Joe Frazier and the Power of Words

8 Nov

Joe Frazier, former World Heavyweight Champion, died yesterday from liver cancer at the age of 67.  Frazier was an Olympic champion in 1964, but is best known for his three fights with Muhammad Ali.  In 1971, Frazier beat Ali in what was called the “Fight of the Century.”  Ali won their second fight and then, in 1975, they met a final time in the Philippines in what came to be known as the “Thrilla in Manilla.”

In hearing all the words about Frazier in the last twenty four hours, the one thing that fascinated me was his deep seated animosity toward Muhammad Ali.  This hatred stemmed not from the punishment he took from Ali in the ring, but from the verbal assaults he had to endure from Ali throughout his career.  Frazier hated Ali so much that when Ali lit the torch in the opening ceremony of the 1996 Olympics in Atlanta, a reported said that Frazier, on seeing the Parkinson’s afflicted Ali with torch near the flaming cauldron, said, “They should throw him into the fire.”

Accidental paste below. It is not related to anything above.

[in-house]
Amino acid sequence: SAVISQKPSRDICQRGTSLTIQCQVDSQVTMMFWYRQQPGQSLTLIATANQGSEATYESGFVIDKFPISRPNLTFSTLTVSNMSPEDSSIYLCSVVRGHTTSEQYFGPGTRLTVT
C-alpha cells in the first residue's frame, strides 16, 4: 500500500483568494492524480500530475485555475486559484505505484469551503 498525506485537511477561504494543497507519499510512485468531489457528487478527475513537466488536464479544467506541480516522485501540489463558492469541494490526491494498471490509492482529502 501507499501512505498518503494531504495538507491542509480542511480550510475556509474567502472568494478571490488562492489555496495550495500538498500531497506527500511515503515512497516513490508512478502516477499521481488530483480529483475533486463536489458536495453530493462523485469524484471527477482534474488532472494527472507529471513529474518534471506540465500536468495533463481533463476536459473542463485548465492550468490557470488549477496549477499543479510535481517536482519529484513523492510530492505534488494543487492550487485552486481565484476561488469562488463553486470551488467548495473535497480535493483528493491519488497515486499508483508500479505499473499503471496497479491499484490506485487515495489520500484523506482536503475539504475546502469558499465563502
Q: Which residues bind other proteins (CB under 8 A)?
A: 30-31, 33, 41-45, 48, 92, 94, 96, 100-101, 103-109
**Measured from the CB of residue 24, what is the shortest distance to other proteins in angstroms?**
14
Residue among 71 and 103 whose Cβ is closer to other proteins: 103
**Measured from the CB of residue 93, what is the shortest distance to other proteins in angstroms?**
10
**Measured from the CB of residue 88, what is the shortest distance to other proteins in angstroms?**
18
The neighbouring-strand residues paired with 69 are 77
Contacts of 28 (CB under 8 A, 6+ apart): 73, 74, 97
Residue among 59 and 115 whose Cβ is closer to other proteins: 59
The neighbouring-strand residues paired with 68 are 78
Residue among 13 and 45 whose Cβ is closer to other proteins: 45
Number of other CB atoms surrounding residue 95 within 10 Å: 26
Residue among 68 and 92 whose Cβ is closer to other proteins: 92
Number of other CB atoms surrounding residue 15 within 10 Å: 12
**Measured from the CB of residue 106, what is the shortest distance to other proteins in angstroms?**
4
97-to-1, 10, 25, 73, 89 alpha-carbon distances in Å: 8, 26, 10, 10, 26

I understand that in the end, Frazier forgave Ali, and this is good.  But for decades he carried a grudge, all over words.  In their first fight, Ali had called him an Uncle Tom.  In their third fight, Ali called him a gorilla.  This verbal taunting went on and on from the one who was also known by the nickname, “the Louisville Lip.”  These words hurt Frazier deeply, mostly because Frazier deeply respected Ali for his stance on civil rights and other important issues.

It was just another illustration to me of the power of words.  Here’s a guy who traded punches with a man for 15 rounds and was not offended in the least, but when words were used instead of fists, a lifelong bitterness began to grow in Joe Frazier’s heart.  We need to remember that and so measure our words carefully, and speak thoughtfully.  Words can hurt worse than fists sometimes.  I know Joe Frazier would agree.

 

 

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